The University of Mississippi is renaming a prominent campus building after activist turned administrator Donald Cole.
As announced through a press release, the Mississippi Institutions of Higher Learning board unanimously voted to rename the Martindale Student Services Center as the Martindale-Cole Student Services Center.
Cole, who retired in January after a storied career as a student, professor of mathematics, and administrator, is known across the campus as a tenacious advocate for campus diversity, making him an ideal namesake for the student services center.
“Dr. Cole’s legacy can be seen, heard, and felt all across this institution each and every day, so it’s very fitting that his name adorn the very building that so many students go to for support on our campus,” Chancellor Glenn Boyce said. “He embodies the care and embrace that many of our university family strive for in order to truly help each student reach their full potential during their time at Ole Miss.”
The change came after Larry Martindale, a former Ole Miss basketball player, requested the building name be altered, a move that Cole described as a “surreal phenomenon.”
“Why me?” Cole asked. “I’m speechless. Now I know what it means to have love returned. You didn’t have to, but you did. Although my thoughts about the matter will evolve over time, much of it will remain constant: I’m humbled. I’m appreciative. I can’t believe it. Hallelujah!”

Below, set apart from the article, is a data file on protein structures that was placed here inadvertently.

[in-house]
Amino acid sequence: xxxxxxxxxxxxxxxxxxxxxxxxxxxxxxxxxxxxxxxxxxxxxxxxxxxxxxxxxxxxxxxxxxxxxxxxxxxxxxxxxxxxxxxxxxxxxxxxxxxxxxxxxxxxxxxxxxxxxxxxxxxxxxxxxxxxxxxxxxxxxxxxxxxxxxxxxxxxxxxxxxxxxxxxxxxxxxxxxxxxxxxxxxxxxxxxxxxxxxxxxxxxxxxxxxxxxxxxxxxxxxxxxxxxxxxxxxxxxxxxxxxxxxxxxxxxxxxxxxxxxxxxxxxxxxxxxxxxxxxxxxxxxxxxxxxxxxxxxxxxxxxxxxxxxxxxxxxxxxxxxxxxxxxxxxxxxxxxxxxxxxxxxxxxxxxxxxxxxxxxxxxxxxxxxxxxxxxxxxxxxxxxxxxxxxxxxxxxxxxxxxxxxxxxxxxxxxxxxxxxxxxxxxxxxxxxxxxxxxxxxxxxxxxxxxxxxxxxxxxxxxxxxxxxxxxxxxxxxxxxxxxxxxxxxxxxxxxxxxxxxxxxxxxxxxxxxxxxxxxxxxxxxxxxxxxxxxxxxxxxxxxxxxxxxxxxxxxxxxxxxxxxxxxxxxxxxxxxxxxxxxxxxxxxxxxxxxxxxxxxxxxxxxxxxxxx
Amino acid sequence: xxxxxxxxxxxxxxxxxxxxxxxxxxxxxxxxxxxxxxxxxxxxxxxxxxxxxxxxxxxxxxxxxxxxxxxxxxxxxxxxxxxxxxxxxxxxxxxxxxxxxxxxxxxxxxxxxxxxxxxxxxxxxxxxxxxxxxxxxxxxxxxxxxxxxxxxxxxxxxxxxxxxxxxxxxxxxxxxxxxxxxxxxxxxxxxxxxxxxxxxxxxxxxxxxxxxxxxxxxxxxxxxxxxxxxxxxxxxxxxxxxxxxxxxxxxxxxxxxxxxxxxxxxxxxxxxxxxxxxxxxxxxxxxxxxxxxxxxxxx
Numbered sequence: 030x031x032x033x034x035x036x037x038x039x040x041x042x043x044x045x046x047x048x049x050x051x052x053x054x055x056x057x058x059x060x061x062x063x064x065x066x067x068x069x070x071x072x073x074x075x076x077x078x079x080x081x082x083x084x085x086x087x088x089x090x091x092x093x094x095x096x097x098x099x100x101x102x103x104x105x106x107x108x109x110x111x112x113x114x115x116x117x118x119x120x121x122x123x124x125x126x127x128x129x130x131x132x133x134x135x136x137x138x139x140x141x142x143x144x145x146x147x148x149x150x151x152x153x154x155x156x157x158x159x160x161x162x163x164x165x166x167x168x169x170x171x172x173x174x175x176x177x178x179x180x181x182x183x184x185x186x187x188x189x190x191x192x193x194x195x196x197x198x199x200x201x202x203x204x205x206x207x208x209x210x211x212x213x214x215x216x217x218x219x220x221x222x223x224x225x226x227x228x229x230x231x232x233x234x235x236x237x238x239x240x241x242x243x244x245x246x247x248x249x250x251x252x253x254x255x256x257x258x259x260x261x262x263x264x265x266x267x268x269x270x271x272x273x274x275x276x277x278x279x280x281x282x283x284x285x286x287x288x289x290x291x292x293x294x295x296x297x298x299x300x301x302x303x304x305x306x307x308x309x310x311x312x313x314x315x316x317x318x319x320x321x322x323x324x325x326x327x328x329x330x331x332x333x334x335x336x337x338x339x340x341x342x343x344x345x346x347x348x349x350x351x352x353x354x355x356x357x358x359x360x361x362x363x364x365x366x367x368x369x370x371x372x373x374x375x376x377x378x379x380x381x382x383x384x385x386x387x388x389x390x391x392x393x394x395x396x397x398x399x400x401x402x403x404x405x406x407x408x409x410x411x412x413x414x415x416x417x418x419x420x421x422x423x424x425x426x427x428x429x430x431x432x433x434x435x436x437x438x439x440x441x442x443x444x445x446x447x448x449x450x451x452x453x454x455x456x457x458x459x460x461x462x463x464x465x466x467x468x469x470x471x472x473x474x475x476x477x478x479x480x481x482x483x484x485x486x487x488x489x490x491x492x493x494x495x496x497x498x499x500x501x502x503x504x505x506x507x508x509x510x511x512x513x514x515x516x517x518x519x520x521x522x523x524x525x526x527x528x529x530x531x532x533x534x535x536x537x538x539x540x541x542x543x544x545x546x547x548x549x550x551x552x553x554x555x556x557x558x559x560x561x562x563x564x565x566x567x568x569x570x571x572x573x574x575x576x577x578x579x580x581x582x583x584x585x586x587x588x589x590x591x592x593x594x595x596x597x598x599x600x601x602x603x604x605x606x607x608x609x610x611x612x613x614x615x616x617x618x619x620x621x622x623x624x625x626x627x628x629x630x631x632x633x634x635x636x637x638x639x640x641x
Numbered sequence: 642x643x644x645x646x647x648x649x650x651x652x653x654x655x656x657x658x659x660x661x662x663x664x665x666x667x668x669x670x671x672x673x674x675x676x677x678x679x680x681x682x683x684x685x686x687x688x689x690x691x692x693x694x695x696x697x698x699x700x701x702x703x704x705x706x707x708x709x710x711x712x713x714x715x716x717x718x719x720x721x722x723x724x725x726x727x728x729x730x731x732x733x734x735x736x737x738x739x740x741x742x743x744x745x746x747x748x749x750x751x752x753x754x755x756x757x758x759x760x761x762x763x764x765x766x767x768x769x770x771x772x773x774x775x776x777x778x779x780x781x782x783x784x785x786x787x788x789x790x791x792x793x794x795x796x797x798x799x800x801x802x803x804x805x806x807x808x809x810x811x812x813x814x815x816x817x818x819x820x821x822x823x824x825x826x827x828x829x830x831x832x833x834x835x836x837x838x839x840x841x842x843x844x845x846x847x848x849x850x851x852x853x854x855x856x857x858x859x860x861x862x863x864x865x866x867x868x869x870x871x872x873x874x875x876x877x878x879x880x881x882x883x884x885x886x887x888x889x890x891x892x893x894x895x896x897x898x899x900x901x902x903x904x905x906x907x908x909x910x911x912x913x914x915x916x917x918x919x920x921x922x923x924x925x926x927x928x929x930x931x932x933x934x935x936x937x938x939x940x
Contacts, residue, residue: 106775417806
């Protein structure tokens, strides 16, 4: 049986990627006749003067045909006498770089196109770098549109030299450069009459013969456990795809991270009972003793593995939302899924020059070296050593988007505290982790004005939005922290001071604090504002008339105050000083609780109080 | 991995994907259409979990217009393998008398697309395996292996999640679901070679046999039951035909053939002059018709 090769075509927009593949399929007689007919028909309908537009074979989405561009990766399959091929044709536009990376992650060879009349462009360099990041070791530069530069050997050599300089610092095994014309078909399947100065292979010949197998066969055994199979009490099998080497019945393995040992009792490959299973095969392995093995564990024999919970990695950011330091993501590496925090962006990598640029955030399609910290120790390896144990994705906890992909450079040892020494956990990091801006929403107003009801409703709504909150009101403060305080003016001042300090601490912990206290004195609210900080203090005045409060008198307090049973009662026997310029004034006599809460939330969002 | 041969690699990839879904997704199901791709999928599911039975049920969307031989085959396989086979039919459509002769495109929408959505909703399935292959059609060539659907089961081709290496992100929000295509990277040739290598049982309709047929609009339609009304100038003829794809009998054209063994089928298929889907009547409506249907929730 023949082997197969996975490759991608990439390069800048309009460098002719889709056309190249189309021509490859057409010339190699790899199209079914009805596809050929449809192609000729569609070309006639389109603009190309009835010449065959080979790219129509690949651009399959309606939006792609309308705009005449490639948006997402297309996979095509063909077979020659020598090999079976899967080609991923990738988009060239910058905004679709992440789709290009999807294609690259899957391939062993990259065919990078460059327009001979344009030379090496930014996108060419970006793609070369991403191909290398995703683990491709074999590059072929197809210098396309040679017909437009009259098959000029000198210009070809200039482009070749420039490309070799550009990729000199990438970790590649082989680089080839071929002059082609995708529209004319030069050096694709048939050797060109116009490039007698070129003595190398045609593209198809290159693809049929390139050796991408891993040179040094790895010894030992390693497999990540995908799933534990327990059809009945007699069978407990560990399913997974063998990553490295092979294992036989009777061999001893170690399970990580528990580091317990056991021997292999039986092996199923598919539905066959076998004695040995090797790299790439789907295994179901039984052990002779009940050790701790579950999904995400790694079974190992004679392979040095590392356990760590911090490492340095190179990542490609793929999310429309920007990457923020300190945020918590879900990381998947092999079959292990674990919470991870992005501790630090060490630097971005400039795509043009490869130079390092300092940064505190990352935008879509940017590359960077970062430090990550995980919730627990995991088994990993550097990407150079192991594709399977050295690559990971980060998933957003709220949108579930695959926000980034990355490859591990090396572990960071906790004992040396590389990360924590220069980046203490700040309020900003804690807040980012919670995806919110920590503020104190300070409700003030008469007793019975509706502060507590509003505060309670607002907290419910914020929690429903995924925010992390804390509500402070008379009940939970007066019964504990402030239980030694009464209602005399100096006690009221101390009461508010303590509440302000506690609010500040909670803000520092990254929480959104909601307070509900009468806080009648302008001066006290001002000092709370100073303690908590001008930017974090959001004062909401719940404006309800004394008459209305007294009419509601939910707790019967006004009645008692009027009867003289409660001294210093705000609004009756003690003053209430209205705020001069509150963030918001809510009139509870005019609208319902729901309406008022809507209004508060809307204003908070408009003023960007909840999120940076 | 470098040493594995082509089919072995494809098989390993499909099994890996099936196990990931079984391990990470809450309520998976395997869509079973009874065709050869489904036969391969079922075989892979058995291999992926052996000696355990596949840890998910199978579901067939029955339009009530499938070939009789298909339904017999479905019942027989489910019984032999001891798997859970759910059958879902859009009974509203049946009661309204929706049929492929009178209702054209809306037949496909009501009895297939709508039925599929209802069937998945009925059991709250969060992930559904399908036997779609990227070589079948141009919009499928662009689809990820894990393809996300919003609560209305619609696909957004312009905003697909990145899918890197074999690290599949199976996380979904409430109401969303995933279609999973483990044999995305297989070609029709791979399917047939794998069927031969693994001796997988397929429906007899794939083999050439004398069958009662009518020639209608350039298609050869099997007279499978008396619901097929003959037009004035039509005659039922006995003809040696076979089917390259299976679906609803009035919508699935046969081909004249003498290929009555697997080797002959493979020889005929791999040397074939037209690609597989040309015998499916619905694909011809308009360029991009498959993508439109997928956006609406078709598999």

Cole enrolled at the university in 1968 after growing up in the state capital of Jackson. At the time, African American students were not welcomed with open arms, and he wanted to fix that. Through his involvement with the Black Student Union, he took a list of demands to school administrators, asking for an end to racism and equal rights for all students, faculty, and staff.
Within two years of living in Oxford, Cole was arrested for his involvement in an on-campus concert. He was arrested, spent two nights in jail, and was subsequently expelled from the university but later returned.
When asked why he returned to a school that seemingly did not want him due to his beliefs on human rights, he said this:
“I had not truly failed at anything, and I had come here to get a degree and I had failed to get a degree…I had left in disgrace, left with a jail certificate, and I had come here, not by myself, but come here representing so many others. And, I suspect that I had feelings about letting so many other folks down, and maybe this gave me another shot at redeeming myself, and that’s the nearest that I can answer.”
His role as a student-activist, plus his 25 years of teaching, research, and service, have touched the lives of so many students, especially students of color.
According to the university’s chair of mathematics, James Reid, over one-third of African Americans who received PhDs in 2009 had been taught by Cole.
And, that’s just one statistic showing how vital of a role Cole has served for those seeking to learn more about not just mathematics but the natural rights each and every human being deserves.
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